The ForeFront team released Update 1 for Microsoft Forefront Threat Management Gateway (TMG) 2010 Service Pack 1.

Besides bug fixes and some added functionality, Update 1 also adds support for Exchange 2010 SP1. Because Exchange 2010 SP1 doesn’t support the get-antispamupdates cmdlet (see this post), implementing Exchange 2010 SP1 on servers in the Mail protection role (with Exchange – Edge server role – as well as ForeFront Protection for Exchange) leads to issues.

Update 1 fixes this issue. To make things confusing, the ForeFront team calls these cumulative updates Software Update or Update; what’s wrong Rollup? Be advised that the ForeFront Update page doesn’t mention the Update (yet), nor is the related knowledge base article published (kb2288910).

You can download ForeFront TMG SP1 Update 1 here. Note that currently only English is available, other languages are said to be made available soon.

Publishing Exchange 2010 with UAG & TMG

Today Microsoft released a white paper by Greg Taylor (Sr. Program Manager, Exchange Server Customer Experience Team) on publishing Exchange Server 2010 with Forefront Unified Access Gateway 2010 and Forefront Threat Management Gateway 2010.  This white paper contains information and guidance on publishing Exchange Server 2010 using Forefront UAG and  Forefront TMG. This includes information on how to choose between UAG and TMG for different scenarios as well as steps on how to configure thos products in order to publish Exchange 2010.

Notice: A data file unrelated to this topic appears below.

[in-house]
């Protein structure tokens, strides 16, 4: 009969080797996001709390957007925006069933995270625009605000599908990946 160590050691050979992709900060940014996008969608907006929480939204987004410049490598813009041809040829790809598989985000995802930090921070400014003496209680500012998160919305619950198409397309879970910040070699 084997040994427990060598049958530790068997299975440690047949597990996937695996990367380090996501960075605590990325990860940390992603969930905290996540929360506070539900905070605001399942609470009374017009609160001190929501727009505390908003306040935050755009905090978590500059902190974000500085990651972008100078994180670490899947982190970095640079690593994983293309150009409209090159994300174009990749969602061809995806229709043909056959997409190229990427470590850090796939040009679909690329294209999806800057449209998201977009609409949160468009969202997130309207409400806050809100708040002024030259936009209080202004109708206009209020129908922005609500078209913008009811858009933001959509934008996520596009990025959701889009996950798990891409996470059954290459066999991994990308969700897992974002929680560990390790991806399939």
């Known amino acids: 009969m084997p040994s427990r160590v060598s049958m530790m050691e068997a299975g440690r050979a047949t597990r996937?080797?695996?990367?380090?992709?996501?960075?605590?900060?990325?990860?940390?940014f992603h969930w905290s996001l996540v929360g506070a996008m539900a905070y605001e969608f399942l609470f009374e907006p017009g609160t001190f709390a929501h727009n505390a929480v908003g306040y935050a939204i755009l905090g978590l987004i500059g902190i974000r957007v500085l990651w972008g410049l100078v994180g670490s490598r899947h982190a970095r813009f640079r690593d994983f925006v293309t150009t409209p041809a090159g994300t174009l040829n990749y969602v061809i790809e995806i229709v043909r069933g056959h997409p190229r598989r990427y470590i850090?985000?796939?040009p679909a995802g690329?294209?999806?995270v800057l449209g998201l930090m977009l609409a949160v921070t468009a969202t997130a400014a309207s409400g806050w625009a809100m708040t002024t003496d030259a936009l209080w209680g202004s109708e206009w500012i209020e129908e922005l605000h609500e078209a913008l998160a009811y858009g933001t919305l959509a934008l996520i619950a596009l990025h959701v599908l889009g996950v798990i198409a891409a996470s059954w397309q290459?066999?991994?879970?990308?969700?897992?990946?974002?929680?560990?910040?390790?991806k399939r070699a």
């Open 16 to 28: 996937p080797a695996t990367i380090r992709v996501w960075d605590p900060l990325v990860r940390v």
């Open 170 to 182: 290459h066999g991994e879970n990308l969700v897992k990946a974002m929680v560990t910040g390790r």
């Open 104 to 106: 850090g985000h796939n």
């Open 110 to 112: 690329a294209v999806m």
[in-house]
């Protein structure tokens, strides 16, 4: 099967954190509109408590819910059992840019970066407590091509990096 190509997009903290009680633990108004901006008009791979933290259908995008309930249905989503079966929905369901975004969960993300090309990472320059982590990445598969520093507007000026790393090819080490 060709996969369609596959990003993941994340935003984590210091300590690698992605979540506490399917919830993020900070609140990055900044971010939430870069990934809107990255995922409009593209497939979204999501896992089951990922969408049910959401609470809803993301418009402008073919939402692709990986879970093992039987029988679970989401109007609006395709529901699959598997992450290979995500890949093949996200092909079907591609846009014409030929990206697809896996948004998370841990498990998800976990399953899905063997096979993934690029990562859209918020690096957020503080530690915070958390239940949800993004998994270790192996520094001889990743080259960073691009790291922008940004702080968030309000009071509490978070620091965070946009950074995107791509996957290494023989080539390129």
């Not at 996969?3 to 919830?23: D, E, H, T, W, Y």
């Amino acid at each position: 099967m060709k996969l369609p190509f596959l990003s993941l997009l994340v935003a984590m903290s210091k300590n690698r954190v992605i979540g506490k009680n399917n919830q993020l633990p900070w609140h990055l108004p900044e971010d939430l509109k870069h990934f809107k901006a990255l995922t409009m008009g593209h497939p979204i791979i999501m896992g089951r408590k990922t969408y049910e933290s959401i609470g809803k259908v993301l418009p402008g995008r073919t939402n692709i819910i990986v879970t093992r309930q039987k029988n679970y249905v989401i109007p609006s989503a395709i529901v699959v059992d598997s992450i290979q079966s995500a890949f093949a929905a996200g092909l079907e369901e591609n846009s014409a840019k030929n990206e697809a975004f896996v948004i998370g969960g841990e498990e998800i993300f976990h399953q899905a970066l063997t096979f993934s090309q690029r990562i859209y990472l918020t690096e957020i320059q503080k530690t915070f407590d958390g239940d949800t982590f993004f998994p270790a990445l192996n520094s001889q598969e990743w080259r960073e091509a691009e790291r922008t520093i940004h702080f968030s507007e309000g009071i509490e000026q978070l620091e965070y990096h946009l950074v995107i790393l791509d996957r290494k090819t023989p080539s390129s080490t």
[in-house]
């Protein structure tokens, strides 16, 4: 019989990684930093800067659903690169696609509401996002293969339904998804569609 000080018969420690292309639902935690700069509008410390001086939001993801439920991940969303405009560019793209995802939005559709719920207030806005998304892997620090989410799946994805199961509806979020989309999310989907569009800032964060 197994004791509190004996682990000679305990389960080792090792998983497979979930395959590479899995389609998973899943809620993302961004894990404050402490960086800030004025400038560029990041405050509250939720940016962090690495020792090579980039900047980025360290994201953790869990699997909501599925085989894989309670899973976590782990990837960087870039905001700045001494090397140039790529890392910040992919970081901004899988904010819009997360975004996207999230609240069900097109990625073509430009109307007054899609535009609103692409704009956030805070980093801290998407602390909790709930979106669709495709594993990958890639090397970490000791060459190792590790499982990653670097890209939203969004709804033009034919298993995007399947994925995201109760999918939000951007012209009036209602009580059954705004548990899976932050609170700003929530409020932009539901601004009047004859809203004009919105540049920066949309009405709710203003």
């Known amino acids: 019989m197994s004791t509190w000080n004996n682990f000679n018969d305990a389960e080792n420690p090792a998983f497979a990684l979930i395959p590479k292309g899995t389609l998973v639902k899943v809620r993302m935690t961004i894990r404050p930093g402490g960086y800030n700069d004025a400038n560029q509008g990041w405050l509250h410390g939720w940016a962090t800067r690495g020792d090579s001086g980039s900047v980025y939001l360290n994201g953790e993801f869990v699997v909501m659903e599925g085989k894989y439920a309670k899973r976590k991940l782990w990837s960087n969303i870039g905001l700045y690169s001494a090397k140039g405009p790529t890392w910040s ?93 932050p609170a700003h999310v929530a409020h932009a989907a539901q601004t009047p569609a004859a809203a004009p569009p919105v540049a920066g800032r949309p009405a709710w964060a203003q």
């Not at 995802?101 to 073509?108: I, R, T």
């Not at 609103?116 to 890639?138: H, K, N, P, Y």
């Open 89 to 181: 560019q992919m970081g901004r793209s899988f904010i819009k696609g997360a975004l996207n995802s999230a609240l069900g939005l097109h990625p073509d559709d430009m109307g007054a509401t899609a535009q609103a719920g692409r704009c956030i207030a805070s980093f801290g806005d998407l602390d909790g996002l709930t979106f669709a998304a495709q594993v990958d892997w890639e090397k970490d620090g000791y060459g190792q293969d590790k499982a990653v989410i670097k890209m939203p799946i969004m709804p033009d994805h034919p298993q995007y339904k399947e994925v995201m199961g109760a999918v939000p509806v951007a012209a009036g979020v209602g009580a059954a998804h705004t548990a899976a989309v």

You can download the white paper here.

Forefront Threat Management Gateway SP1

Microsoft released Service Pack 1 for Forefront Threat Management Gateway 2010.

Here’s the list of changes included in this service pack :

New Reports
• The new User Activity report displays the sites and site categories accessed by any user.
• All Forefront TMG reports have a new look and feel.

Enhancements to URL Filtering
• You can now allow users to override the access restriction on sites blocked by URL filtering. This allows for a more flexible web access policy, in that users can decide for themselves whether to access a blocked site. This is especially useful for websites that have been incorrectly categorized.
• You can now override the categorization of a URL on the enterprise level; the override is then effective for each enterprise-joined array.
• Denial notification pages can now be customized for your organization’s needs.

Enhanced Branch Office Support
• Collocation of Forefront TMG and a domain controller on the same server, which can help reduce the total cost of ownership at branch offices.
• When installed on a computer running Windows Server 2008 R2, SP1 simplifies the deployment of BranchCache at the branch office, using Forefront TMG as the Hosted Cache server.

Support for publishing SharePoint 2010
• Forefront TMG SP1 supports secure publishing of SharePoint 2010.

You can download Forefront TMG 2010 SP1 here.